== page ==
Waardenburg Anophthalmia Syndrome (WAS) is a rare developmental disorder associated with anophthalmia (absence of the eye) or microphthalmia, and various limb malformations. Consanguinity was noted in 90% of the families reported with WAS. The most common and distinctive foot abnormality is the presence of only four toes bilaterally. Most studied cases showed a wide gap between the 1st and 2nd toes. Joint laxity, club foot, valgus deformity, hypoplastic fibula, bowed tibia, and hip dislocation were observed in some cases. About 75% of the cases had abnormalities in both hands with the most distinctive abnormality of basal synostosis of the fourth and fifth metacarpals. Also, camptodactyly affecting the second through fifth fingers was noted in several cases. About 50% of the patients showed postnatal growth delay. Severe mental retardation was also present in 50% of the reported cases.
Mutations in SMOC1 gene is associated with Waardenburg Anophthalmia Syndrome.
Megarbane et al. (1998) studied a 12-day-old boy who presented ophthalmo-acromelic syndrome (OAS). He was the first child of healthy consanguineous Lebanese parents. Ultrasound was performed at 21 weeks of gestation showing an oligoamnios. The child displayed bilateral anophthalmos (no eyeballs), adherent eyelids, deeply set small orbits, anteverted nares, micrognathia, very short neck, and narrow chest. X-ray of the upper and lower limbs showed a syndactyly between the second and the third fingers with metacarpal polydactyly on the right hand, an oligodactyly with the presence of only three fingers on the left hand, and a rudimentary toe on the right foot. The subarachnoid spaces were moderately enlarged. The variable phenotypes of the limb and eye malformations were thought to be caused by mutations at single locus.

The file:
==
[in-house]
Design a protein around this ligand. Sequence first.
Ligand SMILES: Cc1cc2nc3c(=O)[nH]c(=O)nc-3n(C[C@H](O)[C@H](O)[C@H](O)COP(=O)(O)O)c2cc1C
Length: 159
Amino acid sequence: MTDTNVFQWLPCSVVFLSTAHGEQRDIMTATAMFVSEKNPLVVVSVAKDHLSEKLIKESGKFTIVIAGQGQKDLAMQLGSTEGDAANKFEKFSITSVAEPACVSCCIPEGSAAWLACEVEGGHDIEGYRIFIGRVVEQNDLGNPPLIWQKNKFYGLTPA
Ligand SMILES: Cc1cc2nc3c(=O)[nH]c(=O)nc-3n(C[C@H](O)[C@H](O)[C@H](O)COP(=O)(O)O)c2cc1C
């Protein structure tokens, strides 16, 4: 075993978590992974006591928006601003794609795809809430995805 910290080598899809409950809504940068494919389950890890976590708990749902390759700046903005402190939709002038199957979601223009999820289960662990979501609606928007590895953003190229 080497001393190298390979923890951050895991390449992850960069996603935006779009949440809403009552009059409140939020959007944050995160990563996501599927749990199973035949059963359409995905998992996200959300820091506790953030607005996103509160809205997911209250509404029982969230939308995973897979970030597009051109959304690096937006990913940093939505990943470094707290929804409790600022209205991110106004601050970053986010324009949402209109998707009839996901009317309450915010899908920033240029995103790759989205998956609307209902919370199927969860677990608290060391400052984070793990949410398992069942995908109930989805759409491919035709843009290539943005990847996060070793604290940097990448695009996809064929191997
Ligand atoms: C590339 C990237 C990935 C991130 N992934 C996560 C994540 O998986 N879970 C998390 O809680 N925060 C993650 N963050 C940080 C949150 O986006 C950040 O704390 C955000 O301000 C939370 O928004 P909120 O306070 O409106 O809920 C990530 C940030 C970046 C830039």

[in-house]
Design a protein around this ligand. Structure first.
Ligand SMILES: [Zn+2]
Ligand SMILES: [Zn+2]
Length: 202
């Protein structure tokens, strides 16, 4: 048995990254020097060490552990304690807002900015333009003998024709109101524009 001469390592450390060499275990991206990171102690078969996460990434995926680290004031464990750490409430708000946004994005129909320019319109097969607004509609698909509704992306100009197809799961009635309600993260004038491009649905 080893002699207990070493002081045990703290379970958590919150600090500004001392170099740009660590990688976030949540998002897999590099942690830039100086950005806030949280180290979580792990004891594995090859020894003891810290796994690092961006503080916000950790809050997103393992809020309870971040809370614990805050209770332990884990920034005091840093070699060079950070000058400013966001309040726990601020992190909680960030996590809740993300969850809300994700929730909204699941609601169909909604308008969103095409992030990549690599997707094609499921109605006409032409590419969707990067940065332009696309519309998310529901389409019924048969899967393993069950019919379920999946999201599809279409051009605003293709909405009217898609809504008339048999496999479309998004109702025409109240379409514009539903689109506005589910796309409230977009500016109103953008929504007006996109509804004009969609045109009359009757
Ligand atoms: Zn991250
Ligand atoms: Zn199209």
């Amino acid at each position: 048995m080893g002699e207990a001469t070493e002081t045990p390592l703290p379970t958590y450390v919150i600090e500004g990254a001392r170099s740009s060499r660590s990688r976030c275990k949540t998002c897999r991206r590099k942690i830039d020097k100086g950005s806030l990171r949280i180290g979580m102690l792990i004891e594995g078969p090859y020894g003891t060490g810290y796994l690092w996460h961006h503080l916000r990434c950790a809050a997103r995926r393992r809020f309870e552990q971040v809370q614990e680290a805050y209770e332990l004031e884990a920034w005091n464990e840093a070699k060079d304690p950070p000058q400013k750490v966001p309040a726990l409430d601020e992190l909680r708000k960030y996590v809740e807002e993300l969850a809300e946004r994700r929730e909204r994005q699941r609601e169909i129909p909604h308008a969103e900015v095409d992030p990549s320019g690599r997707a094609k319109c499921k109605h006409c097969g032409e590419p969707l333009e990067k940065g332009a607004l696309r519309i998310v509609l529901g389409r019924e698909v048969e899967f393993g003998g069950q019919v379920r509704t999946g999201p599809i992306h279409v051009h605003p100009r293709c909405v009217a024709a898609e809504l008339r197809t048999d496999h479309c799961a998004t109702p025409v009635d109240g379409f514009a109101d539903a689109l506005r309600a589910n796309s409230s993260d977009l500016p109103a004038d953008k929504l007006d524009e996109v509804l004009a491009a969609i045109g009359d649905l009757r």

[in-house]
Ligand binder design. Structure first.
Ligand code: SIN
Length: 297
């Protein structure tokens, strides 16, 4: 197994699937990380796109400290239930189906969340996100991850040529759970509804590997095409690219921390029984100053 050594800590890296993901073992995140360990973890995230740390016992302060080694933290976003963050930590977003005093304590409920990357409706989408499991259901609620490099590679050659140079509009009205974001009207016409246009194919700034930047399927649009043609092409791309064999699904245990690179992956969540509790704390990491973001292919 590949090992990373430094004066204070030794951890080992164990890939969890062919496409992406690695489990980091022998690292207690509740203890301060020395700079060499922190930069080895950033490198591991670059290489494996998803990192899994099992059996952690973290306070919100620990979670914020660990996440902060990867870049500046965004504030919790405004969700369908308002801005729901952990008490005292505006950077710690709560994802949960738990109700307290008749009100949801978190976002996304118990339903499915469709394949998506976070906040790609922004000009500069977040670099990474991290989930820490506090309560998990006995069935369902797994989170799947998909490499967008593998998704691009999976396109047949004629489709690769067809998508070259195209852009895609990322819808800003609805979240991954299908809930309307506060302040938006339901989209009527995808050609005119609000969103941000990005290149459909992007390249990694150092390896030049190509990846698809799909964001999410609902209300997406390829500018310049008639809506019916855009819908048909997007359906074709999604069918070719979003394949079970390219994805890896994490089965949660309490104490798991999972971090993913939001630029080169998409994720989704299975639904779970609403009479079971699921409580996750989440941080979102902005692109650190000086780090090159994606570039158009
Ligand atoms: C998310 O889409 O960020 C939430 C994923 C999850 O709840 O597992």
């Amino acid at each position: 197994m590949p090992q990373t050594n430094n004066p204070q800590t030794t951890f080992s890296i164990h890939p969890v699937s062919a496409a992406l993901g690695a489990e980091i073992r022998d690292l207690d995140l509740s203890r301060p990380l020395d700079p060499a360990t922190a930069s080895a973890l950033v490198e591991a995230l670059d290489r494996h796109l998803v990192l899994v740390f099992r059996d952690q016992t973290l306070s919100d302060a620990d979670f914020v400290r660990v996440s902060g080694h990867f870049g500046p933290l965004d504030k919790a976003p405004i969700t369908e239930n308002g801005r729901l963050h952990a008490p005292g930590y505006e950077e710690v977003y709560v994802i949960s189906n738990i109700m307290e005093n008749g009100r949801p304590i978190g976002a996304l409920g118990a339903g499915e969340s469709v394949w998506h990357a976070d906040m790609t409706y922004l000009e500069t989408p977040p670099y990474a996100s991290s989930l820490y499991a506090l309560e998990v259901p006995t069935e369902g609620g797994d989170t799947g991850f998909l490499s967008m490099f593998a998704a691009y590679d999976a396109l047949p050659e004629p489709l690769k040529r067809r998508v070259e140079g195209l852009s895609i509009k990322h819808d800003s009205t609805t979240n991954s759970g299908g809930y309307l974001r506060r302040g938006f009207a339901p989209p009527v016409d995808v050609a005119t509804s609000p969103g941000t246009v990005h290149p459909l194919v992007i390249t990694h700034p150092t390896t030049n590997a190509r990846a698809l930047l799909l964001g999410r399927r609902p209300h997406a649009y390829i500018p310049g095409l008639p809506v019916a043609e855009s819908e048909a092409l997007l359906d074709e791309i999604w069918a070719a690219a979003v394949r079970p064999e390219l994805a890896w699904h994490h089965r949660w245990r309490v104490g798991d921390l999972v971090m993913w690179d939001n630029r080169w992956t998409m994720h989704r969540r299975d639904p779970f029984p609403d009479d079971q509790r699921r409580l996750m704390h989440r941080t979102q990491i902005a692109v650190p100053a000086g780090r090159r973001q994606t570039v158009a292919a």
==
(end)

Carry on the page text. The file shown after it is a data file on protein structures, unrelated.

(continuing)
Al-Gazali et al. (1994) reported a male child of Syrian origin, resident of the United Arab Emirates, born to consanguineous parents, who presented with ophthalmoacromelic syndrome. The child was born as the result of a twin pregnancy. His co-twin, however, was normal. At birth, he was found to have an asymmetric head with frontal bossing, down-slanting palpebral fissures, flat malar areas, short fifth fingers with lateral deviation, missing fifth toes, and a wide space between the first and the big toe. Radiological analysis showed that the fourth and fifth metacarpals were fused bilaterally, while the bones of the fifth toes were absent. The right eye was comparatively smaller, with an irregular pupil and a white reflex in the papillary area. A detailed examination of this eye showed features consistent with a diagnosis of hyperplastic primary vitreous, including a shallow anterior chamber, neovascularization of the iris and a non attached retina. CT right orbit showed clouding of the vitreous and thickening at the sclero-retinal junction. At 8-months of age, the patient was found to have no sight in his right eye, as well as a slight delay in motor development.
[See: Syria > Al-Gazali et al., 1994].